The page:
It's not what Nash said, it's what Suns do

April 2, 2012

When the chips are down and he's backed into a corner by representatives of the vicious Phoenix media, Steve Nash often unholsters the C-word.
On Sunday night, the C-word was not "cohesion." He doesn't need that these days because Nash and the Phoenix Suns have developed on-court chemistry in their march toward playoff contention.
That cohesion provided a victory over the woeful-but-game New Orleans Hornets in the Suns' first contest since the two-time MVP stirred things up during a string of national radio interviews.

His spin around the talk-show circuit inspired considerable g-nash-ing of teeth by local reporters and fans who began wondering whether the franchise face would be signing with another team.
In recent weeks, Nash's future has been forecast as a warm and fuzzy two-year deal to remain with the Suns. That would claim roughly one-third of the team's anticipated salary-cap room, with the Suns looking for a go-to guy with what's left.
But thanks to a hypothetical premise posed by Dan Patrick, loyal followers have been worried that Nash might become the point guard for the Miami Heat during this summer's free-agent derby.
In response (retaliation?), Steve rolled out the C-word "context" to explain what occurred over the national airways.

After handing out 14 dimes to help the Suns dispatch the Hornets, Nash insisted that his willingness to at least listen to a Heat hiring inquiry (couched by Patrick as an imagined diplomatic contact from LeBron James) has not been embraced in the spirit of what he intended.
Nash said he'd listen. He issued admiration for what the Heat have cookin' in Miami after a declaration that he won't re-sign with the Suns if the team fails to put better teammates around him.
"I'm not going to come back to the Suns if there isn't an improvement, if they're not ambitious, and they're not looking to upgrade the roster seriously," Nash said on Patrick's show. "And I think they are. They'll have a lot of flexibility in free agency. They also have been standing pat in many ways so they could do some things this summer. I think they'll become a definite possibility for me. I do want to win. I do want to consider all my options."
With that statement about roster upgrades, some have suggested Nash was putting down his Phoenix teammates. But he didn't come out and directly criticize any of them.

After Friday's practice, Nash told local media that his requirement for an improved team is nothing new and pretty obvious. Who would promise to come back — under any circumstances — if the team wasn't committed to getting better, right?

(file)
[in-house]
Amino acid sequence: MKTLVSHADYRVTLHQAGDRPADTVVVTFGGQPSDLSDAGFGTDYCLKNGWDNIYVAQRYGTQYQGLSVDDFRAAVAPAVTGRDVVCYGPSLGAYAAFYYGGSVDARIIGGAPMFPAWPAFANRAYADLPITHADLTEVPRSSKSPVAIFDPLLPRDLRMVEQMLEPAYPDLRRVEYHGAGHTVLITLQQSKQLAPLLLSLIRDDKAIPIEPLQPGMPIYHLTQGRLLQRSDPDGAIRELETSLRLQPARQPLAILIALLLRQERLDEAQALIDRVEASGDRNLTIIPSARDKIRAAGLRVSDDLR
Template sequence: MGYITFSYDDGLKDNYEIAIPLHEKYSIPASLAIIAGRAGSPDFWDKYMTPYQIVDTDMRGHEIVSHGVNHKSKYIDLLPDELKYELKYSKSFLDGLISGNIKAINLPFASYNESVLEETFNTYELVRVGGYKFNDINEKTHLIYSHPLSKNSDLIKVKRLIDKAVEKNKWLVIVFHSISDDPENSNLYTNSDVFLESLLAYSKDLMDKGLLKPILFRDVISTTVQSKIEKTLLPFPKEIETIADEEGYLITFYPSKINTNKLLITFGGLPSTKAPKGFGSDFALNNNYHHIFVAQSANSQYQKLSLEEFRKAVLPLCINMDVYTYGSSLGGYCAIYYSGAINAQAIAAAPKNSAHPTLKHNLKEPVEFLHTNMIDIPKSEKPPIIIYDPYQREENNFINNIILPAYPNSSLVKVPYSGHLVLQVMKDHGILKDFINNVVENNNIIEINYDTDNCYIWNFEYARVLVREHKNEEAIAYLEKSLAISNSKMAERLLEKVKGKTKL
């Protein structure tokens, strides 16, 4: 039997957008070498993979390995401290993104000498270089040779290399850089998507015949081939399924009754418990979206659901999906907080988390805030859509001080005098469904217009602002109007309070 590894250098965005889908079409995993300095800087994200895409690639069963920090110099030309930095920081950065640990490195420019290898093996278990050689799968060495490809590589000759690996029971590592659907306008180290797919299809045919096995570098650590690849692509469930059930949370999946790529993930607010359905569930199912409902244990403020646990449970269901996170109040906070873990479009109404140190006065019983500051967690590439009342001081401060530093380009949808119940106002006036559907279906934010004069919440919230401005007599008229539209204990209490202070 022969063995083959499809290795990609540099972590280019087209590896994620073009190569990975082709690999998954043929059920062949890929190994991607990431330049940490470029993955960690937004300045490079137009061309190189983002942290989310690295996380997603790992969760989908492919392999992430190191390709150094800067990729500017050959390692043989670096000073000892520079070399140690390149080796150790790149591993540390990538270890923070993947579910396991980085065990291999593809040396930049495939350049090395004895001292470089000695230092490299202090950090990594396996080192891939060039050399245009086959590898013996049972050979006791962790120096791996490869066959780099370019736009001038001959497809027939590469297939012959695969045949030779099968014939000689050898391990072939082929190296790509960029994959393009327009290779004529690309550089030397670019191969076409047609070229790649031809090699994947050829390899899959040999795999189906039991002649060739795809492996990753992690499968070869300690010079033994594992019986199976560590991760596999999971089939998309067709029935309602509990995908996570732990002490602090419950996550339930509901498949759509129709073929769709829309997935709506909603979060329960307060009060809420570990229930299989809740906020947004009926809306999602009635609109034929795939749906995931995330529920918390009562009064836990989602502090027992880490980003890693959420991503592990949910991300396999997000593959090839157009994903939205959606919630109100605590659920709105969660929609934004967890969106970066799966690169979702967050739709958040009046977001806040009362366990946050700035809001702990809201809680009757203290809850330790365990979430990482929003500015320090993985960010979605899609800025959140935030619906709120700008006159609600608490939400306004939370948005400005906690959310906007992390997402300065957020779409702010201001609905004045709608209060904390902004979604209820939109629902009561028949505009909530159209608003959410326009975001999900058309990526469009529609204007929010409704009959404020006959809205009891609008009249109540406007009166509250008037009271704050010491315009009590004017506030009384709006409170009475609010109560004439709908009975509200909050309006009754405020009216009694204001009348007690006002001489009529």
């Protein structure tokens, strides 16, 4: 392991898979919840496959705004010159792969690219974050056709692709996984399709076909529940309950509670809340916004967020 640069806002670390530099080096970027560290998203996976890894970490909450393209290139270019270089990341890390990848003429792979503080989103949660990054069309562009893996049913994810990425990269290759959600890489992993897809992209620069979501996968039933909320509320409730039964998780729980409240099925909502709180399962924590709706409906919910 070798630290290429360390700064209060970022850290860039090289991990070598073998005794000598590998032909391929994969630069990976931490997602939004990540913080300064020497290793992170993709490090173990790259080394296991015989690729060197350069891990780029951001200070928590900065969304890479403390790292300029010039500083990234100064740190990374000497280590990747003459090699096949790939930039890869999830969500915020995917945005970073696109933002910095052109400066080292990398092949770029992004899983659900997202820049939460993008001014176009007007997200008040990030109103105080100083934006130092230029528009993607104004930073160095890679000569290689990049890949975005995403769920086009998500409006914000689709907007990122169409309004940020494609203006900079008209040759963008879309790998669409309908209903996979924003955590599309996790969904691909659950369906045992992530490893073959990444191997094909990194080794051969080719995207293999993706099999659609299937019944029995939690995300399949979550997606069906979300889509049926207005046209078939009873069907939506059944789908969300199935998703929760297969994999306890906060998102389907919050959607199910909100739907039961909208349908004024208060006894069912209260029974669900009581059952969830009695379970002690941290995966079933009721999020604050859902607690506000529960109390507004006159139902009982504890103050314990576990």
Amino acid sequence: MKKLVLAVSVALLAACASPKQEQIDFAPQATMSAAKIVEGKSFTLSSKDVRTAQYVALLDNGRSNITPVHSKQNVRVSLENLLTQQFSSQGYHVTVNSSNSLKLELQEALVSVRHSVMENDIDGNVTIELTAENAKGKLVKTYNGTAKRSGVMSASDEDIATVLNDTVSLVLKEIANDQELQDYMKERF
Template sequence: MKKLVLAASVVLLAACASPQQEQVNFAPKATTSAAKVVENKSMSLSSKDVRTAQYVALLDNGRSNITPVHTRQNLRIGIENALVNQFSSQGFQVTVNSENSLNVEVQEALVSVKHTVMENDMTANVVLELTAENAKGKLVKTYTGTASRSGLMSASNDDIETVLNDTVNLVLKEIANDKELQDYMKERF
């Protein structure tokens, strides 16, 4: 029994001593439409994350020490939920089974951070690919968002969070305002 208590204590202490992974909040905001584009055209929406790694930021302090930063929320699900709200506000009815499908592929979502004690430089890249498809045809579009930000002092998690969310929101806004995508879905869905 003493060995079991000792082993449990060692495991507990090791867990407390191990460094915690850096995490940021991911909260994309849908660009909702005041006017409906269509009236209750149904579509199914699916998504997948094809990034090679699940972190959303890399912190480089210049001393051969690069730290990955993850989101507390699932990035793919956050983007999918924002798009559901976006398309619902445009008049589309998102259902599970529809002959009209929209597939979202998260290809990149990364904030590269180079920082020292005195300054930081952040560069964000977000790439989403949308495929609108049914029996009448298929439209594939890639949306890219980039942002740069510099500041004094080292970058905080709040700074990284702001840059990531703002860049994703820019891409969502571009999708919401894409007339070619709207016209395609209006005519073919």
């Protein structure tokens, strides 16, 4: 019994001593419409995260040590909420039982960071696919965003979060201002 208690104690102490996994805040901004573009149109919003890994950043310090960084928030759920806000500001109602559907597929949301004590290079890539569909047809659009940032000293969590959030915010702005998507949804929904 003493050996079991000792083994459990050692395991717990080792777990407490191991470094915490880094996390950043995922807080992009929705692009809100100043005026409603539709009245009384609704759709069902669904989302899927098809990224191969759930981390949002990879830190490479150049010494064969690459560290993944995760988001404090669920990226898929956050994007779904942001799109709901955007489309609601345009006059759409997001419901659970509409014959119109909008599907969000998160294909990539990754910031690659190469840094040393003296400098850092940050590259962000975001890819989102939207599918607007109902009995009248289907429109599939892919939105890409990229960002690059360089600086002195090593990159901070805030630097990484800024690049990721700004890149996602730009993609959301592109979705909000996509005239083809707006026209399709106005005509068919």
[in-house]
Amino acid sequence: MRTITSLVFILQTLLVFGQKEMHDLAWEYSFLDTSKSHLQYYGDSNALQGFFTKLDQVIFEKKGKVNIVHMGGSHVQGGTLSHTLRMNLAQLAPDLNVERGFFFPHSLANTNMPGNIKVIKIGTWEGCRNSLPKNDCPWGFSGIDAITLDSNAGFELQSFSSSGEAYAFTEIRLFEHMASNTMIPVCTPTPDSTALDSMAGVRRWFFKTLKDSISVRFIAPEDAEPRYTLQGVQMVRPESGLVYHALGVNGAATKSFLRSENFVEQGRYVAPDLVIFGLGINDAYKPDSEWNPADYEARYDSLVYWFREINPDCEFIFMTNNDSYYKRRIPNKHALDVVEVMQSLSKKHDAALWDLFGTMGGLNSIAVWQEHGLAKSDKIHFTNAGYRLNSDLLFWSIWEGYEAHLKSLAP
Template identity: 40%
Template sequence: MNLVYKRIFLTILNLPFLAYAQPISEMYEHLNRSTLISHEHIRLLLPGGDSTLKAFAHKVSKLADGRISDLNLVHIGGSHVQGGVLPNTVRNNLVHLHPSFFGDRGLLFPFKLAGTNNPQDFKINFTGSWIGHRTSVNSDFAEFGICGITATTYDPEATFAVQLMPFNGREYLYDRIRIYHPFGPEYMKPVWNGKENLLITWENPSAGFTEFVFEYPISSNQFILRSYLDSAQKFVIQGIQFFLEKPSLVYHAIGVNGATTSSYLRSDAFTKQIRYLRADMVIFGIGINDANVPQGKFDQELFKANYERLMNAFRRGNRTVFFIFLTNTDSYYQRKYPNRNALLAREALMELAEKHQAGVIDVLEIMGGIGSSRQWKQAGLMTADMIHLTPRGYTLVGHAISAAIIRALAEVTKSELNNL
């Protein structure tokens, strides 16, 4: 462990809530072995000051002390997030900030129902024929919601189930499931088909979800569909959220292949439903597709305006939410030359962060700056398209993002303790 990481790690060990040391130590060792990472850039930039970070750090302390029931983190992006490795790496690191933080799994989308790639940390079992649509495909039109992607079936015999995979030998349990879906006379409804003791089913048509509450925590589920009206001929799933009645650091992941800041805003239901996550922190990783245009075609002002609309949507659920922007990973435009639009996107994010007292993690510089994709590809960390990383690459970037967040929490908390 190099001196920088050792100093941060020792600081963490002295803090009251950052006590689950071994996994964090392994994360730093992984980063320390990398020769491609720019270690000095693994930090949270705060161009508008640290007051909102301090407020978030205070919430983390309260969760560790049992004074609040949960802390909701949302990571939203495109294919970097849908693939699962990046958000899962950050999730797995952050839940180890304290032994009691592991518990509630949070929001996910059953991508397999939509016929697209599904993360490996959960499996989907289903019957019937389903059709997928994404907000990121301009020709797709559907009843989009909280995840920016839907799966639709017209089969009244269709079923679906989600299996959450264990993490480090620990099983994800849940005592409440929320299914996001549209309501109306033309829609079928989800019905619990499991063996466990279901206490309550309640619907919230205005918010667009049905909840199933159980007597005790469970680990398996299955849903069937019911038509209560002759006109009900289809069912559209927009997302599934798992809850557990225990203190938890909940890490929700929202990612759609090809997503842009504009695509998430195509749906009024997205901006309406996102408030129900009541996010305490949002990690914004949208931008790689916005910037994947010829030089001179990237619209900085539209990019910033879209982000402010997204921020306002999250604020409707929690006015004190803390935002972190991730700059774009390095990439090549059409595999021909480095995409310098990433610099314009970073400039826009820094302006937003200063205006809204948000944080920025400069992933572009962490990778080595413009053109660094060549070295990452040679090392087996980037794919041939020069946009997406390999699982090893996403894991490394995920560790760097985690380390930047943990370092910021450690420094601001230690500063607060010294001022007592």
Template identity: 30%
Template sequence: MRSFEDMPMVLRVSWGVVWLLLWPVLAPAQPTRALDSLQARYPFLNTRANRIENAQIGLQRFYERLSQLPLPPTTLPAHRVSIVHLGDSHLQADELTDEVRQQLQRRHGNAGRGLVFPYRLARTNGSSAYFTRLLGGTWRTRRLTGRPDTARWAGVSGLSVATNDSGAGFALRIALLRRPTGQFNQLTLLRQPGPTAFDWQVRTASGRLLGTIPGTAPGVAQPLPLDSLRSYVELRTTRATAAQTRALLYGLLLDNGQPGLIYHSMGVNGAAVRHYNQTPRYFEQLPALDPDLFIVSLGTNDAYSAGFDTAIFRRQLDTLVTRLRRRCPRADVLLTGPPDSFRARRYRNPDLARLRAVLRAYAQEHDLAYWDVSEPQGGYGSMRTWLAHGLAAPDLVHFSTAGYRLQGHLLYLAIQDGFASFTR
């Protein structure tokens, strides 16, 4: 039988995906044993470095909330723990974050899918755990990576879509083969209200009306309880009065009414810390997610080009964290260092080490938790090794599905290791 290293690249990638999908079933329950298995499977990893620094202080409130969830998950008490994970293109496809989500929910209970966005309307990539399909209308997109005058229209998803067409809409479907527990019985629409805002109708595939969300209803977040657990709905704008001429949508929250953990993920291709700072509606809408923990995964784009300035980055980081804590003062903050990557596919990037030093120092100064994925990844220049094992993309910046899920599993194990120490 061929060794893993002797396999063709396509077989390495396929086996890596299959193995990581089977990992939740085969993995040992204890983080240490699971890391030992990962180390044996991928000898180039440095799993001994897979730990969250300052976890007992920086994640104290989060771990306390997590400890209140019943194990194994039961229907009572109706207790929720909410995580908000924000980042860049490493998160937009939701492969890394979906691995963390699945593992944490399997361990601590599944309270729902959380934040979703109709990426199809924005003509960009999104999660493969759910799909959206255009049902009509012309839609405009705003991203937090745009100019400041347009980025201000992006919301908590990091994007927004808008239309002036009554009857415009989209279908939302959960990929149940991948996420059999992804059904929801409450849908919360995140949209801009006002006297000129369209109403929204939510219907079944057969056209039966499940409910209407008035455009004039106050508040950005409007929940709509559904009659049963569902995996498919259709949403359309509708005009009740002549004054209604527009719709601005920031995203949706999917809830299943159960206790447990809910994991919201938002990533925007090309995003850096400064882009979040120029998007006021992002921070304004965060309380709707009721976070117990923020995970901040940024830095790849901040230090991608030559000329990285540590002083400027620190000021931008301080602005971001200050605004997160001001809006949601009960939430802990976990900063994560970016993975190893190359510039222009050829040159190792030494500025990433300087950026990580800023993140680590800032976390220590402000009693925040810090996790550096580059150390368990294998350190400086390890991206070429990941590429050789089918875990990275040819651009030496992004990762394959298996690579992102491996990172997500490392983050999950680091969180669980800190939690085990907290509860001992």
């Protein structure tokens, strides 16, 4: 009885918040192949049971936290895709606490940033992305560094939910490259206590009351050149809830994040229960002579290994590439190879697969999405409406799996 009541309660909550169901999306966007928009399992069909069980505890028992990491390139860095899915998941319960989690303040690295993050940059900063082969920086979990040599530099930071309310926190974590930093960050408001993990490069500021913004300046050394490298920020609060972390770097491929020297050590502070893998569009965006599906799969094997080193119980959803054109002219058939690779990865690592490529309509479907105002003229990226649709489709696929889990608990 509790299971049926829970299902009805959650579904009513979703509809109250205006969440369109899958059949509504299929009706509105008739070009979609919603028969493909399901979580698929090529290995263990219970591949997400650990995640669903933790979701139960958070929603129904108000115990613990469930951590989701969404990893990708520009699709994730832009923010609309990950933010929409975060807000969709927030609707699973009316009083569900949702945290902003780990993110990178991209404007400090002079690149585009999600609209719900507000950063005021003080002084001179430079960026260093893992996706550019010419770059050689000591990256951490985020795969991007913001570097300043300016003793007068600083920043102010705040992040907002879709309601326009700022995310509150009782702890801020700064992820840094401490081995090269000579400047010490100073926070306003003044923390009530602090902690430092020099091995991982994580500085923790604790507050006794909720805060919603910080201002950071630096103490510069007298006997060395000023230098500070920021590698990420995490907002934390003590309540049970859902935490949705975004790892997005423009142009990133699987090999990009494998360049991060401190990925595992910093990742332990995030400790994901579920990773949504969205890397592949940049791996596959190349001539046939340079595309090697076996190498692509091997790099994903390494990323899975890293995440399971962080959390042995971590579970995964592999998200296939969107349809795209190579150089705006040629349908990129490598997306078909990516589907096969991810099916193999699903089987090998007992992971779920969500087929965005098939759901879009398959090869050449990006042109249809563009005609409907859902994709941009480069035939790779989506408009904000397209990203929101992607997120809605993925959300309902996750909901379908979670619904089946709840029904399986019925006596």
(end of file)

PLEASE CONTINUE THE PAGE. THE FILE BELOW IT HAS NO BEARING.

Nash has been steering free-agency-related questions in that direction for a while now. But the difference last week was the lack of deflection when the question became specific to a certain team.

That doesn't mean he's leaning toward Miami. The Heat face salary-cap limitations — all they can offer is a midlevel exception — and his potential presence as a third dominant ballhandler may not jibe. Miami would seem better served using the exception to hire a big, rebound-gulping galoot.
Anyway, instead of stating the willingness to listen to any interested parties when a more appropriate time comes, Nash said a couple of flattering things about the Heat. Instead of reminding Patrick that he's busy thinking about what is needed to help the Suns continue their playoff surge into April, he went into some detail.
That hardly suggests he's through with Phoenix, but it also wasn't an accident. Knowing the Dove Men's Care promotional tour would put him in the crosshairs of questions aimed at assessing his future, it's very doubtful Nash was unprepared to handle them.
Locally, those seemingly measured responses have been hailed as a warning shot across the bow of Suns management. With team representatives insisting that the notion of trading Nash and building for the future would occur only if Nash requested such a move, some followers see last week's stance as Steve's checkmate.
But we really won't be able to gauge a definitive lay of the Nash land until July.
Until then, we'll have to wonder whether Nash really was disturbed that the Suns put forth little effort to sign former glory-days forward Boris Diaw after he escaped from the Charlotte Bobcats. Diaw went to San Antonio and is playing with French national team buddy Tony Parker.
We also will have to wait for July to find out whether the Suns can dredge up enough talent to keep Nash, who has singled out the need for a go-to scorer. Or whether they really, truly want to keep Nash. They certainly seem to.
So if they're committed to keeping the sun, moon, stars and turnstile-spinner of the franchise, do the Suns abandon their stated premise of not overpaying some restricted free agent in this summer's market to keep Nash in town? There's not exactly a surplus of go-to scorers available.
Or with possibly as much as $31 million in cap room (pre-Nash decision), do the Suns offer a first-round draft pick or two for a player (or players) under contract if they're unable to make reasonable progress in free agency?
We'll be waiting to see whether Suns president Lon Babby's plan to escort the Suns back to elite status is fast-tracked enough to suit Nash.
Nash didn't put the team in what many experts consider one of the NBA's toughest long-term predicaments. But his whirlwind radio journey could be considered an assist the Suns didn't need.